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NASA Probe Approaches Pluto

NASA Probe Approaches Pluto

NASA Probe Approaches Pluto

NASA Probe Approaches Pluto

NASA Probe Approaches Pluto

NASA’s New Horizons probe’s has started to give scientists some real excitement as new photos have been beamed back to Earth.

The pictures show a vast band of patterned terrain stretching around the globe for roughly 1,500km when they were taken.

On Tuesday the probe will be just 12,500km above the surface, and at that point, its telescopic camera, will be taking pictures at a resolution better than 100m per pixel.

The above picture was taken on Thursday when New Horizons was still 5.4 million km from its target, with a the resolution is 27km per pixel.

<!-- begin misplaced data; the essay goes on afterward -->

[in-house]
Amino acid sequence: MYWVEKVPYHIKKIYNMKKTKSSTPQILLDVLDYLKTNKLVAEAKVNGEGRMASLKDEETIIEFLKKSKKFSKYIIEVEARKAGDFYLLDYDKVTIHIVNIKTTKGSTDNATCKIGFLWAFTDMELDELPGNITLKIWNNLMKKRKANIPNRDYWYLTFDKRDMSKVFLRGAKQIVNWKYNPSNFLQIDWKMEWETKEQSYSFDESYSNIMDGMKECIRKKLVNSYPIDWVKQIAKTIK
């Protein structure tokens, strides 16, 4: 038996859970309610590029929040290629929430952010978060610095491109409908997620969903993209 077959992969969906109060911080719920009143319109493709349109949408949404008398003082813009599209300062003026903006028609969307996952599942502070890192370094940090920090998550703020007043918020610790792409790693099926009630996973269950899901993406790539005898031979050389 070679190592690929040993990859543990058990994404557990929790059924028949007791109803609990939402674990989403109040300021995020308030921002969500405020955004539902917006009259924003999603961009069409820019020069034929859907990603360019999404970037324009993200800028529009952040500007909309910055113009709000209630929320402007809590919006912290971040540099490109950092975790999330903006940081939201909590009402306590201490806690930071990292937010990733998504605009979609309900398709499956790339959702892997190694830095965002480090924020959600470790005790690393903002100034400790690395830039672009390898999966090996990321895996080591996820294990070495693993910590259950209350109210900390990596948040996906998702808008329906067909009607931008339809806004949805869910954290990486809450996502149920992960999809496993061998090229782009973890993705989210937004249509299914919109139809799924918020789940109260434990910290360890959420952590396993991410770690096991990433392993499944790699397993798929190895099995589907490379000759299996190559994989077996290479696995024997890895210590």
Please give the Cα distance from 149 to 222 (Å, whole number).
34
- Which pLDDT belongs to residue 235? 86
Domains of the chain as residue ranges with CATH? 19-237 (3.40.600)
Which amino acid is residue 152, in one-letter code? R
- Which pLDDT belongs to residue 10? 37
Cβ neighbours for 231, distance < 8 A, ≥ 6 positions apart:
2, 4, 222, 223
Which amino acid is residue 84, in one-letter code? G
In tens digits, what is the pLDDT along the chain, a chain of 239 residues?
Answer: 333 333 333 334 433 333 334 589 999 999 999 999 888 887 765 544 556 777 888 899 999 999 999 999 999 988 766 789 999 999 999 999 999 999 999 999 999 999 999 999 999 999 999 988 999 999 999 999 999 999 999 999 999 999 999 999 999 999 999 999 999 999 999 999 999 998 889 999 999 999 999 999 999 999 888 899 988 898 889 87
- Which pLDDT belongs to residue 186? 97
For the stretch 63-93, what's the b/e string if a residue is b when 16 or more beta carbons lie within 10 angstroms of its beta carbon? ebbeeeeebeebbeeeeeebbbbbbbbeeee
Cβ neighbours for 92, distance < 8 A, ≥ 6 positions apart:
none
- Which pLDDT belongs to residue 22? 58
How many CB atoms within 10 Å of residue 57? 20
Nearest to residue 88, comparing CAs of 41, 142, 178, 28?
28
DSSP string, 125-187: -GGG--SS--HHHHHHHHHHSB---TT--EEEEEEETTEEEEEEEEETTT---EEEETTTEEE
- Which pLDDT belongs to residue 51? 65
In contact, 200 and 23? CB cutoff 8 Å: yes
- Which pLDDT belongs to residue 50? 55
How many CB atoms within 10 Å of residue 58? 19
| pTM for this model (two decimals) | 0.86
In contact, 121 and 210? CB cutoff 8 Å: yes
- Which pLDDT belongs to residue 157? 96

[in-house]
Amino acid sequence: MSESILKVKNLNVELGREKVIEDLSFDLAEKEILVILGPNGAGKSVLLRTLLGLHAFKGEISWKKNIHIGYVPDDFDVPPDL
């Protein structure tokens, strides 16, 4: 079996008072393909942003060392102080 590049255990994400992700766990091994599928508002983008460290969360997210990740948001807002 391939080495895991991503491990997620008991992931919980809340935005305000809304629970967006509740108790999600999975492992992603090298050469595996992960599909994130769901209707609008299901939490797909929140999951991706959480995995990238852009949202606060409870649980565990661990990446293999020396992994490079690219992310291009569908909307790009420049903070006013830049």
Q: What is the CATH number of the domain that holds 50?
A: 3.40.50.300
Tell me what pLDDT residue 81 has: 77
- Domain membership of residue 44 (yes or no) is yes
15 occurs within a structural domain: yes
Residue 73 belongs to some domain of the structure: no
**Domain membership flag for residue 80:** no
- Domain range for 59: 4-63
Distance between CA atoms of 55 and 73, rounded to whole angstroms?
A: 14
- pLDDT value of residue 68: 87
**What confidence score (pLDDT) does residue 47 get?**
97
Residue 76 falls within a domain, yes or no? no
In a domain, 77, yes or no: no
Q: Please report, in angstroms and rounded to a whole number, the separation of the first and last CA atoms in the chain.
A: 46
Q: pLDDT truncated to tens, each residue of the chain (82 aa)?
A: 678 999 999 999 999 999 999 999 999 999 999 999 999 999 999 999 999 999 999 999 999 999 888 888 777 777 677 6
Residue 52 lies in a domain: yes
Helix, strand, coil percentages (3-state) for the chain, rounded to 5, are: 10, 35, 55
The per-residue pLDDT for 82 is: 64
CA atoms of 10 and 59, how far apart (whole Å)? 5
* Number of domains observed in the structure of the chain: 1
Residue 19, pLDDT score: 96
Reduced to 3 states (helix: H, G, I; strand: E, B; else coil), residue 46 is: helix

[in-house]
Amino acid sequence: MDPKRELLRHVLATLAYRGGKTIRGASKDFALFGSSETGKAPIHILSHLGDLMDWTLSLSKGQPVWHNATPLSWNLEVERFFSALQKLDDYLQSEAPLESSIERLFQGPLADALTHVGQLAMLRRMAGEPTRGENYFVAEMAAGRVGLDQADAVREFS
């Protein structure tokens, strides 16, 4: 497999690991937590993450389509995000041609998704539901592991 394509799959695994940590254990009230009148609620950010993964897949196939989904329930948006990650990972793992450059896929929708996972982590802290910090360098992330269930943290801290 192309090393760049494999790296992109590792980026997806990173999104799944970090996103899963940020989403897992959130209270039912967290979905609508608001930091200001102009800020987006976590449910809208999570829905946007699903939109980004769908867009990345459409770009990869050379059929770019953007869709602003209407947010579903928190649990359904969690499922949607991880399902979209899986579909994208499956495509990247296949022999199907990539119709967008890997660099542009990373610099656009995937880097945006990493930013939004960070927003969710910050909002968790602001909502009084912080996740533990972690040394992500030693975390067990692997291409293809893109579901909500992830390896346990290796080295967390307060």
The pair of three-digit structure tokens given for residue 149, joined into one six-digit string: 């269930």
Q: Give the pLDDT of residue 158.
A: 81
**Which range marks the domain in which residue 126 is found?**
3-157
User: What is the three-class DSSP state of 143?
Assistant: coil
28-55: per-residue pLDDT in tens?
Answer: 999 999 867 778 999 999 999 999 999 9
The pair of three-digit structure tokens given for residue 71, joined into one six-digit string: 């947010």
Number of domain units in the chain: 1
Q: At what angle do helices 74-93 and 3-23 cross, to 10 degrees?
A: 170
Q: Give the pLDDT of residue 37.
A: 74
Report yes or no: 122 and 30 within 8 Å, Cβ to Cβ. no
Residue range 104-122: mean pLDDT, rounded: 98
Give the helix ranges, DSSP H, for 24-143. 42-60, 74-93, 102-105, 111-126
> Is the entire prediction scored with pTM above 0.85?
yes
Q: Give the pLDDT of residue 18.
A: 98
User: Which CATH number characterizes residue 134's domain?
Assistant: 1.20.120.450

Pluto whale feature

From this distance scientists have named one feature “the whale”. While not visible anymore, it will come back around, and will be the face shown to New Horizons at it’s closest approach.

New Horizons principal investigator Alan Stern, “Among the structures tentatively identified in this new image are what appear to be polygonal features; a complex band of terrain stretching east-northeast across the planet, approximately 1,000 miles long; and a complex region where bright terrains meet the dark terrains of the whale.”

New Horizons left Earth back in 2006 and it will gather hundreds of pictures and other research data as it flies by Pluto and its five moons: Charon, Nix, Styx, Kerberos and Hydra.

The hard part for the probe is the difficulty in getting all that information back to Earth. The distance back to earth is more than 4.7 billion km.

The NASA team plans on it taking 16 months to return all the data from the flyby.




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